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Taking Another Look at Judgment Liens

May 30, 1999

The statement by attorney Craig Edgecumbe (Letters, May 16) that "judgment liens, which do not have 'power of sale' provisions as do deeds of trust, are required to be paid only when the property is sold or refinanced through an escrow" is incorrect.

Although such a lien cannot be foreclosed through a nonjudicial trustee's sale, the creditor can have the sheriff or marshal sell the property to pay the lien.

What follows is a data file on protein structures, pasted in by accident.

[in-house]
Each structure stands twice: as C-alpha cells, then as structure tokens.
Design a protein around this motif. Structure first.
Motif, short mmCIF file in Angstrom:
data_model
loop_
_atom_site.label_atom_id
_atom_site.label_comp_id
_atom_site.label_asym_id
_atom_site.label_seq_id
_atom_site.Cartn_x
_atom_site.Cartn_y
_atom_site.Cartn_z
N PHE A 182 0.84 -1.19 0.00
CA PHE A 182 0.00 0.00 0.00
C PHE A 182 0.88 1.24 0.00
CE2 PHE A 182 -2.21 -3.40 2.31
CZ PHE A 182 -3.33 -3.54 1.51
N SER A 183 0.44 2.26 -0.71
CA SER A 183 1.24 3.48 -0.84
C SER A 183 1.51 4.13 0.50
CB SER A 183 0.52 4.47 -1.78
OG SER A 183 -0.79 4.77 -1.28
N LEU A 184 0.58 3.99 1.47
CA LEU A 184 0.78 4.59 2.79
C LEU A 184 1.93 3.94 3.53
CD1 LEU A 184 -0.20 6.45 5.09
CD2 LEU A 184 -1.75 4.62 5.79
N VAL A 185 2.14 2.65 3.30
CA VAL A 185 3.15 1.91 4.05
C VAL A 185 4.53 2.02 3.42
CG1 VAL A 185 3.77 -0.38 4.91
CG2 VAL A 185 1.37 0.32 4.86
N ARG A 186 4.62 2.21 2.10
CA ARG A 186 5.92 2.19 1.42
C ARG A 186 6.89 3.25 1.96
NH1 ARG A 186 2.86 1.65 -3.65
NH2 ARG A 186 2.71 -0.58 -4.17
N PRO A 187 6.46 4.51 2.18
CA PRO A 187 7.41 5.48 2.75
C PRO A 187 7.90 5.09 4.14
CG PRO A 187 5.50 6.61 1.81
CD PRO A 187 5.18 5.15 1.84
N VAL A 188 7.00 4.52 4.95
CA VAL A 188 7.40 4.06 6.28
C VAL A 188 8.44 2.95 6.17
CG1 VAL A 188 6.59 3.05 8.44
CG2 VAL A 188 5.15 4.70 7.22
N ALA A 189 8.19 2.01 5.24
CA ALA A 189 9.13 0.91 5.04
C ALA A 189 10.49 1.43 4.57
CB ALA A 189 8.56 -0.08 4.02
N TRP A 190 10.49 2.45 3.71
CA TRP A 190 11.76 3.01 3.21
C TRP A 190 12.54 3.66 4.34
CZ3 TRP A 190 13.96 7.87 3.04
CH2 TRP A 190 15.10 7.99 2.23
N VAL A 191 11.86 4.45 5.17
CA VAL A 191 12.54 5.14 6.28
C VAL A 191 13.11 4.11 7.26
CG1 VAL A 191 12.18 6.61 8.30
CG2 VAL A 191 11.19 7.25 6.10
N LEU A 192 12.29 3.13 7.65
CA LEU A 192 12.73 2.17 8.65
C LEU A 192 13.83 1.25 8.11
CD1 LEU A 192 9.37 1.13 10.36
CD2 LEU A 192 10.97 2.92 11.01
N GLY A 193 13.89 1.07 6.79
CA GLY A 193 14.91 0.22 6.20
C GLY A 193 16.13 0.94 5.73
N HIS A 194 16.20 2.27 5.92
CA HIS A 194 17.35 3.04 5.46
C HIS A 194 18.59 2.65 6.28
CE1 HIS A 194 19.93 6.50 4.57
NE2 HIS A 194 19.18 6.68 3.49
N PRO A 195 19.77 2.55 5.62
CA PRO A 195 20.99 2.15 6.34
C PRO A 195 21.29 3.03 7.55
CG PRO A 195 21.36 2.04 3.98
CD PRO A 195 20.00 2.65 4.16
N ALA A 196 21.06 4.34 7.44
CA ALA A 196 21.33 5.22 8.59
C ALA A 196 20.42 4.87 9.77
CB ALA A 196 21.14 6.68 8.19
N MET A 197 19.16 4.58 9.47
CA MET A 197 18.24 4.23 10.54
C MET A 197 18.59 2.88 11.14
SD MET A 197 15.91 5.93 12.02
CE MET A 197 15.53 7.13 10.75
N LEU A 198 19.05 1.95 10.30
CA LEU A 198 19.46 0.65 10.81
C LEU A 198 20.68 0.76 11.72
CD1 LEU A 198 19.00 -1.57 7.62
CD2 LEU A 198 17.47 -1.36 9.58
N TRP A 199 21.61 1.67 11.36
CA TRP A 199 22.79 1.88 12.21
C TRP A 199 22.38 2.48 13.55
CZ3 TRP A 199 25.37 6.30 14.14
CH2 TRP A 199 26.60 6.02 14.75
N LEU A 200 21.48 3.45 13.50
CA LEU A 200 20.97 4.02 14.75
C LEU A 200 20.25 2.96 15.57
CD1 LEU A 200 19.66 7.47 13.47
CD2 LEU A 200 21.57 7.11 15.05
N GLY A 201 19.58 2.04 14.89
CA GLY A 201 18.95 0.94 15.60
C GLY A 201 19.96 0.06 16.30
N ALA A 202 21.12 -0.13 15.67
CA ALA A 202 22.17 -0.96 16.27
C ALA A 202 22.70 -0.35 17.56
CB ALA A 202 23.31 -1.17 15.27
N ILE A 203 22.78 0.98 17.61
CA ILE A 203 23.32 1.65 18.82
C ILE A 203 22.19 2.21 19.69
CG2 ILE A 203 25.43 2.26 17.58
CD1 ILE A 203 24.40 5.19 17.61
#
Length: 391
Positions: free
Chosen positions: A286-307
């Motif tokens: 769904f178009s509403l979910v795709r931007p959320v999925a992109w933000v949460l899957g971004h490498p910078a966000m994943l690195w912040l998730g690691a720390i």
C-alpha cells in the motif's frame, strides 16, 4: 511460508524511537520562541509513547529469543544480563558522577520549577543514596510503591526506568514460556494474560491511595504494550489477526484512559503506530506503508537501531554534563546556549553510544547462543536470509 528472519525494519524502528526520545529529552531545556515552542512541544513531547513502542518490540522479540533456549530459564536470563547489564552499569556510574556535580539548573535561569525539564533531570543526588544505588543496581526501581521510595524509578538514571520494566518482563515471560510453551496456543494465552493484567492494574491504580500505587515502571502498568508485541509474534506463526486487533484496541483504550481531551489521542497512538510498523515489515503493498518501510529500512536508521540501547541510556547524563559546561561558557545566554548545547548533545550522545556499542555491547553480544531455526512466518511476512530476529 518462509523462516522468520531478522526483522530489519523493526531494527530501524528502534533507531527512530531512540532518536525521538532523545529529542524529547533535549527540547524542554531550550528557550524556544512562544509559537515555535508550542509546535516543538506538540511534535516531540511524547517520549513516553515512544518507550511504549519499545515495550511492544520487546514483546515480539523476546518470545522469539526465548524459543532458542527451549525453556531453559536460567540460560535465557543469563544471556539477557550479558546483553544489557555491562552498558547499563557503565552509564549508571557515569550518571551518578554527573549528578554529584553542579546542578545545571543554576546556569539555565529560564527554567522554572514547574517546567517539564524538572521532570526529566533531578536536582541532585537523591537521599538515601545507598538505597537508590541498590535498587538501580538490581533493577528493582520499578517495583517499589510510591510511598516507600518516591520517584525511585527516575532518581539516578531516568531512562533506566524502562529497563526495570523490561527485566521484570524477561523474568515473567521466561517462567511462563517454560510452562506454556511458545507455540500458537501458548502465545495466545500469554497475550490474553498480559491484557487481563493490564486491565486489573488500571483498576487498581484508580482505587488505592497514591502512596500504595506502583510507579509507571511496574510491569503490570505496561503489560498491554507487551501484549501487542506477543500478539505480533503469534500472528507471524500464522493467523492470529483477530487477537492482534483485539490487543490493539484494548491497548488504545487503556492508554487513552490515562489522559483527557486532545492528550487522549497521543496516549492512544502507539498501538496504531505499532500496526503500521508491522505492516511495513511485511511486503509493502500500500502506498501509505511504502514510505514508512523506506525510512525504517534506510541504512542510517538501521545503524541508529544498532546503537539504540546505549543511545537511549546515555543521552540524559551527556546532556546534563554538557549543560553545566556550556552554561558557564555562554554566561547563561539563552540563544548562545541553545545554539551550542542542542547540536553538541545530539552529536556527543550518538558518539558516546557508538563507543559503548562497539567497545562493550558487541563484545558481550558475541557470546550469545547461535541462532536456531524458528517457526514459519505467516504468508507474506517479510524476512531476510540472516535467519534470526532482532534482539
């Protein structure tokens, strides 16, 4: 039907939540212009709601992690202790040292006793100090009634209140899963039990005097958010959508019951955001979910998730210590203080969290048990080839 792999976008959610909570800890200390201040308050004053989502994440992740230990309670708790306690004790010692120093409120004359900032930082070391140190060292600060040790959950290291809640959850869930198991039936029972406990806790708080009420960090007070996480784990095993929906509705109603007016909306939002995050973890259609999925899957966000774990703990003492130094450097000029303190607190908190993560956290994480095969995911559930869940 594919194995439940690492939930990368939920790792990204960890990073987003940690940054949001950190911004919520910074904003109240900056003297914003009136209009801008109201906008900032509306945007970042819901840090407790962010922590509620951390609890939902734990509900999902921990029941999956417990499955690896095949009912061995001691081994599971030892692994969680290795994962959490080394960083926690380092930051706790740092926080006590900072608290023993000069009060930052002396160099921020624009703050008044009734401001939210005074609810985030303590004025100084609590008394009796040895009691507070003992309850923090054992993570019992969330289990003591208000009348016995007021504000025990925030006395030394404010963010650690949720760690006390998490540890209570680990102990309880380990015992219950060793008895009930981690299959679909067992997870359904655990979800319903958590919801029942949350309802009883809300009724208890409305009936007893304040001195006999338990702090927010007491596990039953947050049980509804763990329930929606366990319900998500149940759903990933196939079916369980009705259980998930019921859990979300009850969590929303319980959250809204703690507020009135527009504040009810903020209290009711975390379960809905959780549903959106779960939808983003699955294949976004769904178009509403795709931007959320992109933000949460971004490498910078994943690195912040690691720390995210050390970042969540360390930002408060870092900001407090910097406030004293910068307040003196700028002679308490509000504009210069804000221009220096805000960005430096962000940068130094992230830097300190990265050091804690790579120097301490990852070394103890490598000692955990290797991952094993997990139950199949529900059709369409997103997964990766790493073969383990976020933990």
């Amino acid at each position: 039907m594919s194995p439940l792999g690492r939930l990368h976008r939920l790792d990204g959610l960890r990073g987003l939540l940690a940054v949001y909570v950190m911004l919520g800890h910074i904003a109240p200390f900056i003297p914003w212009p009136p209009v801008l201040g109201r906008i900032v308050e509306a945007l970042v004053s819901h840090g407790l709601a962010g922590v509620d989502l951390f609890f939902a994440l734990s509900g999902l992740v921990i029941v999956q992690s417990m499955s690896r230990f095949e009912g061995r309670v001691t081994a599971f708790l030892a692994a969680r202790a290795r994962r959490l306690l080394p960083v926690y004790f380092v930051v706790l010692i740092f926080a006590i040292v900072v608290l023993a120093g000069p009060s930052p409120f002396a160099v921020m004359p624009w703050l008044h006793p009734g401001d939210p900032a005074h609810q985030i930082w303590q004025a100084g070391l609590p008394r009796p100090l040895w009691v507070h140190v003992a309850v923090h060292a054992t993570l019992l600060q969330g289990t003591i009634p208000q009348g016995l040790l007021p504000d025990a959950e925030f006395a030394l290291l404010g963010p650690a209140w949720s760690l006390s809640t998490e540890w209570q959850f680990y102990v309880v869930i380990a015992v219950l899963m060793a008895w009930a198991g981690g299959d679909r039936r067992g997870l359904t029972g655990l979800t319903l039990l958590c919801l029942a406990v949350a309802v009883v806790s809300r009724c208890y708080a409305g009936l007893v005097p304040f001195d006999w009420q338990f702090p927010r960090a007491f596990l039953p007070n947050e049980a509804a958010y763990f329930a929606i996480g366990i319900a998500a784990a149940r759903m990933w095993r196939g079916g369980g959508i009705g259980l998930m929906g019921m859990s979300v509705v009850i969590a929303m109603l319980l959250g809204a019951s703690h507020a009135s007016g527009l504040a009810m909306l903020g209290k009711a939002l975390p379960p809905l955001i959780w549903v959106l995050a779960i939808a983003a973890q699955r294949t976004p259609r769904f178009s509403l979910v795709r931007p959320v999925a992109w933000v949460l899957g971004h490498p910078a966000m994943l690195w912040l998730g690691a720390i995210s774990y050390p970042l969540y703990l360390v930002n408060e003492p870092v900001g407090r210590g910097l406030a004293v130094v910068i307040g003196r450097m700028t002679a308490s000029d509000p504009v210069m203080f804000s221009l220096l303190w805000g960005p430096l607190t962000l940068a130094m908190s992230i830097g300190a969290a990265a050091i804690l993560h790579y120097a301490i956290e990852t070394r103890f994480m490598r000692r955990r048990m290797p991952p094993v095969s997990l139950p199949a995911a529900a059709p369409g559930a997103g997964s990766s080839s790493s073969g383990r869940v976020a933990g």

Though this is a complex and lengthy procedure, it can be done at any time, and the creditor is not required to wait until a sale or refinance occurs.

Although it is true that the judgment lien never becomes a lien against the buyer, this is of little consolation if the creditor has the power to force a sale of the home.

As a practical matter, most people in California purchasing homes obtain title insurance, and the title insurer will protect the buyer from the lien. This, of course, is one of the reasons why any prudent buyer will require title insurance in any real estate purchase transaction.

LAWRENCE B. PARKER

Valley Village

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